Resist him, 1 strong in your faith, because you know 2 that your brothers and sisters 3 throughout the world 4 are enduring 5 the same kinds of suffering. 6
Resist him, standing firm in the faith, because you know that your brothers throughout the world are undergoing the same kind of sufferings.
But resist him, firm in your faith, knowing that the same experiences of suffering are being accomplished by your brethren who are in the world.
Take a firm stand against him, and be strong in your faith. Remember that your Christian brothers and sisters all over the world are going through the same kind of suffering you are.
Keep your guard up. You're not the only ones plunged into these hard times. It's the same with Christians all over the world. So keep a firm grip on the faith.
Do not give way to him but be strong in your faith, in the knowledge that your brothers who are in the world undergo the same troubles.
Resist him, steadfast in your faith, for you know that your brothers and sisters in all the world are undergoing the same kinds of suffering.
Resist him, steadfast in the faith, knowing that the same sufferings are experienced by your brotherhood in the world.
in the faith
that the same
that are in
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in your faith
, because you know
brothers and sisters
the same kinds
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1 tn Grk “whom,” referring to the devil in v. 8. Because of the length and complexity of the Greek sentence, a new sentence was started here in the translation.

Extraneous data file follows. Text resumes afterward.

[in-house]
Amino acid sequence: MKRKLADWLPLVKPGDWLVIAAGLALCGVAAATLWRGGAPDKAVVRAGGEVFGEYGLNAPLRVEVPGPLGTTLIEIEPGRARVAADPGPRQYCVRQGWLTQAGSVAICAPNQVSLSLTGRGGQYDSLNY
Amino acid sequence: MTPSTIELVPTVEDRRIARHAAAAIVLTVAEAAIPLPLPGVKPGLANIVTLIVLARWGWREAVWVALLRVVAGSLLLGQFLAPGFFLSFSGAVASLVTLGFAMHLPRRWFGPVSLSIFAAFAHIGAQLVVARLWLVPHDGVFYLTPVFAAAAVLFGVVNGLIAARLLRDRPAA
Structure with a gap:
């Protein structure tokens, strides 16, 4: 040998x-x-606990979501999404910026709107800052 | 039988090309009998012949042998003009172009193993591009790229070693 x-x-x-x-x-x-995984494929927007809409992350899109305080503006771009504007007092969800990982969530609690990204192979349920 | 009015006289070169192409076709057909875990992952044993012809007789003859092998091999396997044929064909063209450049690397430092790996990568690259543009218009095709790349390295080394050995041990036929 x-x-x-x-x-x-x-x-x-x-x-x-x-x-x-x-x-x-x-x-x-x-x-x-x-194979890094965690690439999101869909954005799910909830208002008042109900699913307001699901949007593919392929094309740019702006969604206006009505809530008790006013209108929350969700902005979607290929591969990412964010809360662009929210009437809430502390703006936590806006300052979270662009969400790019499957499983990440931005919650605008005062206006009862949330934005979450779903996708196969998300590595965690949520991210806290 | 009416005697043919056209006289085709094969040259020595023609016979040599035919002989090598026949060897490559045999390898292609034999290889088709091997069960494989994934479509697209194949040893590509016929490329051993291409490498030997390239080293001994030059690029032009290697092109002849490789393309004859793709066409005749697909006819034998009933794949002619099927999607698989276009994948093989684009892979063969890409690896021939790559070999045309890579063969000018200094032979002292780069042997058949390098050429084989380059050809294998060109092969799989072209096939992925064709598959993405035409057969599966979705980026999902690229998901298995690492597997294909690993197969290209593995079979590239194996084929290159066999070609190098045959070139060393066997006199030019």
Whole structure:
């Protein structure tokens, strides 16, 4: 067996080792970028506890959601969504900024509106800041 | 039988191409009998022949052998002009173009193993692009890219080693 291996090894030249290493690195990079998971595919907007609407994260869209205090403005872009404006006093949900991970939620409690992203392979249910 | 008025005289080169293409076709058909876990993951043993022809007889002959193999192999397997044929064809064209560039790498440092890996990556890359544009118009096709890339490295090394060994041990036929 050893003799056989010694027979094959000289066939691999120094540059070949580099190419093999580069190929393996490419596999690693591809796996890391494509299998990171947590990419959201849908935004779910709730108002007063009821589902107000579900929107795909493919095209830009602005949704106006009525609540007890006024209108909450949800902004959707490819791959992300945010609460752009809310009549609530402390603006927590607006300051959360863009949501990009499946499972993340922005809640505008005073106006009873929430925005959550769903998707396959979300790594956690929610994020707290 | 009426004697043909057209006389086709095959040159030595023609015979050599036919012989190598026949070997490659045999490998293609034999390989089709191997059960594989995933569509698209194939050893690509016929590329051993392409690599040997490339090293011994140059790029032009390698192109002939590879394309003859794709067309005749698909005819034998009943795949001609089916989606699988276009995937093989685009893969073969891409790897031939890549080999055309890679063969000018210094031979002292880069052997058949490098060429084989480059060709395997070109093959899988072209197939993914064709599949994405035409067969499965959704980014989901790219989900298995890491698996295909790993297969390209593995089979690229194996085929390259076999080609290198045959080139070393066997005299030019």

2 tn Grk “knowing,” a participle that usually denotes a reason for the related action.
3 tn Grk “your brotherhood.” The Greek term “brotherhood” is used in a broad sense to connote familial relationships within the family of God (cf. BDAG 19 s.v. ἀδελφότης 1). Another alternative translation would be “your fellow believers,” though this would weaken the familial connotations. This same word occurs in 2:17; there it has been translated “family of believers.”
4 tn Grk “your brotherhood in the world,” referring to the Christian community worldwide.
5 tn This verb carries the nuance “to accomplish, complete,” emphasizing their faithful endurance in suffering. The verb is passive in Greek (“suffering is being endured by your brotherhood”), but has been translated as an active to give a smoother English style.
6 tn Grk “the same things of sufferings.”